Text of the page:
|Now let me be clear. We have real enemies in the world. These enemies must be found. They must be pursued and they must be defeated. . . . It’s not enough for just some of us to prosper. For alongside our famous individualism, there’s another ingredient in the American saga.|
|A belief that we are connected as one people. If there’s a child on the south side of Chicago who can’t read, that matters to me, even if it’s not my child. If there’s a senior citizen somewhere who can’t pay for her prescription and has to choose between medicine and the rent, that makes my life poorer, even if it’s not my grandmother. If there’s an Arab American family being rounded up without benefit of an attorney or due process, that threatens my civil liberties. It’s that fundamental belief—I am my brother’s keeper, I am my sisters’ keeper—that makes this country work. It’s what allows us to pursue our individual dreams, yet still come together as a single American family. “E pluribus unum.” Out of many, one.|
|Yet even as we speak, there are those who are preparing to divide us, the spin masters and negative ad peddlers who embrace the politics of anything goes. Well, I say to them tonight, there’s not a liberal America and a conservative America—there’s the United States of America. There’s not a black America and white America and Latino America and Asian America; there’s the United States of America. The pundits like to slice-and-dice our country into Red States and Blue States; Red States for Republicans, Blue States for Democrats. But I’ve got news for them, too. We worship an awesome God in the Blue States, and we don’t like federal agents poking around our libraries in the Red States. We coach Little League in the Blue States and have gay friends in the Red States. There are patriots who opposed the war in Iraq and patriots who supported it. We are one people, all of us pledging allegiance to the stars and stripes, all of us defending the United States of America.|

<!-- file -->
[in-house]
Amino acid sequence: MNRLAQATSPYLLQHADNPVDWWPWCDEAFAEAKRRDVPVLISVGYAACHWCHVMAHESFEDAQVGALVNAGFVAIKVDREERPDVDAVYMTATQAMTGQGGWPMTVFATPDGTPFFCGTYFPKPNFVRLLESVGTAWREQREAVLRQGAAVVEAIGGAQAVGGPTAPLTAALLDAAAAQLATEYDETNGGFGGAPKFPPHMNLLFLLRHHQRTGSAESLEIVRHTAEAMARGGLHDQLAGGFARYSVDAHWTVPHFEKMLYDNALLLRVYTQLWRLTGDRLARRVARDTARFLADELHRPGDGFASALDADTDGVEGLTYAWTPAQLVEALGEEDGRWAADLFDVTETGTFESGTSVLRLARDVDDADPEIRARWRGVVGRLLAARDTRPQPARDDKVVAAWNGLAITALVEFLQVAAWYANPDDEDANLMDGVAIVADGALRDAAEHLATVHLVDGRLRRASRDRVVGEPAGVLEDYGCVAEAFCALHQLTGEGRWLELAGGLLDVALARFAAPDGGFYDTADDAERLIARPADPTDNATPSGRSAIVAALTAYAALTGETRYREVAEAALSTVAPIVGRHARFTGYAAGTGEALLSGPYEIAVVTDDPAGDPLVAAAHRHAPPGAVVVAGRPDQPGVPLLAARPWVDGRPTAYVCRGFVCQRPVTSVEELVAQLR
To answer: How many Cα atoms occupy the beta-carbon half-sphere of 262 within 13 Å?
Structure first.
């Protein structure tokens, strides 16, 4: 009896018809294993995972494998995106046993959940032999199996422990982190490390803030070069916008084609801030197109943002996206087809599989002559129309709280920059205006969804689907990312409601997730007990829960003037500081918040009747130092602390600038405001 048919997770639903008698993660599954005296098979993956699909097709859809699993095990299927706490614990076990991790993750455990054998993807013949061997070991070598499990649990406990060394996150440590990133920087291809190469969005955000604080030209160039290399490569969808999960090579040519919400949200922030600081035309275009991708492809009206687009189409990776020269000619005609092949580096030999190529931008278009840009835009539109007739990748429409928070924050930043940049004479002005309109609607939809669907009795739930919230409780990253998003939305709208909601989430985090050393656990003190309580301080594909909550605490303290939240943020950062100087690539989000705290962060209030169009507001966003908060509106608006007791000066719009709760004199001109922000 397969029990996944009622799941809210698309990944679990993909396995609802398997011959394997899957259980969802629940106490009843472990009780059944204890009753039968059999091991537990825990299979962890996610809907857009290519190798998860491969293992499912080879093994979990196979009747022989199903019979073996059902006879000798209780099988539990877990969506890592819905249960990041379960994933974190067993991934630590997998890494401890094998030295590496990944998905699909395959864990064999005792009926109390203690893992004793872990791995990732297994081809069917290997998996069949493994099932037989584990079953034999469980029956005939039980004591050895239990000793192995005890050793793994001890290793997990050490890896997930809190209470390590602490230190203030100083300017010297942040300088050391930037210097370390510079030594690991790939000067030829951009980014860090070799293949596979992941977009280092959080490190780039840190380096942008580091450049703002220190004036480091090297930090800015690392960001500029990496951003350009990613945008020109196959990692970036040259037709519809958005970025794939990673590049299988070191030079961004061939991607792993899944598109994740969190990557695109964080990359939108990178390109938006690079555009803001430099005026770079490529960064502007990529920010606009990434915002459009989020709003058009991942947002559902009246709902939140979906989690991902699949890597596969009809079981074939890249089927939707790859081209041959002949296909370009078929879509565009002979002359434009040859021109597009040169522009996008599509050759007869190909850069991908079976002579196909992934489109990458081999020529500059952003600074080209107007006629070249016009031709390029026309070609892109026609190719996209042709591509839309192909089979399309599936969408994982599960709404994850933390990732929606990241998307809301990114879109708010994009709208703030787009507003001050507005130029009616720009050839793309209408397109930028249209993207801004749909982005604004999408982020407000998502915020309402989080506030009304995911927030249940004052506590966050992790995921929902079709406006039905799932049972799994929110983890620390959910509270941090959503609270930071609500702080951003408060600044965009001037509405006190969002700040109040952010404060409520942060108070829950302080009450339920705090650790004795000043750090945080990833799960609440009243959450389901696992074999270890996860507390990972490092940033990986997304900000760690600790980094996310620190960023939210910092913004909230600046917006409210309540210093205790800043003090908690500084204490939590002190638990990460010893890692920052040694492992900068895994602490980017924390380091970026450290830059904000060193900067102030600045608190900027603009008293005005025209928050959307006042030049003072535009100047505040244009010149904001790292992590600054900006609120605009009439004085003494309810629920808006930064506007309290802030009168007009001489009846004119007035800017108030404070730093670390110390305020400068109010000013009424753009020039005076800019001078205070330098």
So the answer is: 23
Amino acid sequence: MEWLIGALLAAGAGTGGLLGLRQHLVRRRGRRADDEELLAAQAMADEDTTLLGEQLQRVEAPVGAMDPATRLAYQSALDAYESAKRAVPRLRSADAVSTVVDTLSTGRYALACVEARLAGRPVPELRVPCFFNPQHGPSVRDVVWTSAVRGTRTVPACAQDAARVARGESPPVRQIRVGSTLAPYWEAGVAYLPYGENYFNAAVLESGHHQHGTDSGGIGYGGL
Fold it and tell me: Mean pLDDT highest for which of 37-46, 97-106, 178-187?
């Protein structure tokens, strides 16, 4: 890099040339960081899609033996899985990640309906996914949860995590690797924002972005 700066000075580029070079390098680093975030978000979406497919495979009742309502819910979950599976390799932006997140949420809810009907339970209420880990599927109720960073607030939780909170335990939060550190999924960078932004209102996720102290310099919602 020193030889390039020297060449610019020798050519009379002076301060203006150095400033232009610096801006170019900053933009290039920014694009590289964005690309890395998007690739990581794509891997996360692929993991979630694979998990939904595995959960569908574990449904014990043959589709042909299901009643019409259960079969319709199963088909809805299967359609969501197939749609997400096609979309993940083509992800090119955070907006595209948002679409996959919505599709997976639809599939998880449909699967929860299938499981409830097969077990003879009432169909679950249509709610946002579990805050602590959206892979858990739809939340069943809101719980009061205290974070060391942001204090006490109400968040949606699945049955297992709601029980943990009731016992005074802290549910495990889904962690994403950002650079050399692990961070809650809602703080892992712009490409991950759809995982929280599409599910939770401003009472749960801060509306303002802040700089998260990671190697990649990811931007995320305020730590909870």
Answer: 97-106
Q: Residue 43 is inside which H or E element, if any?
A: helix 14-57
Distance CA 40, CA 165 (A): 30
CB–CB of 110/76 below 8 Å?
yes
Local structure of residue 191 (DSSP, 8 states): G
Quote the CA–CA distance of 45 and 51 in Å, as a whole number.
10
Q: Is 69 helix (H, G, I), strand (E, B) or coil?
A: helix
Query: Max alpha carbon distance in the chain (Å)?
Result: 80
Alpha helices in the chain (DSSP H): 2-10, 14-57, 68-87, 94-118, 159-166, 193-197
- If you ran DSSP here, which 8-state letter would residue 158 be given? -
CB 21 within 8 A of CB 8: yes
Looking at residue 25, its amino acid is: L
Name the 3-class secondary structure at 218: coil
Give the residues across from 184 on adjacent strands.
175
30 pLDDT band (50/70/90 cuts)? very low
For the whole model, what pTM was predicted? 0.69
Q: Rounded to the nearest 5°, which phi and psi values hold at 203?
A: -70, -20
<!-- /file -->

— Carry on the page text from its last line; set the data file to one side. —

|John Edwards: John Kerry’s running mate in 2004; Edwards served as a senator for North Carolina
a young naval lieutenant: a reference to John Kerry
mill worker’s son: a reference to John Edwards
|In the end, that’s what this election is about. Do we participate in a politics of cynicism or a politics of hope? John Kerry calls on us to hope. John Edwards calls on us to hope. I’m not talking about blind optimism here—the almost will full ignorance that thinks unemployment will go away if we just don’t talk about it, or the health care crisis will solve itself if we just ignore it. No, I’m talking about something more substantial. It’s the hope of slaves sitting around a fire singing freedom songs; the hope of immigrants setting out for distant shores; the hope of a young naval lieutenant bravely patrolling the Mekong Delta; the hope of a mill worker’s son who dares to defy the odds; the hope of a skinny kid with a funny name who believes that America has a place for him, too. The audacity of hope!|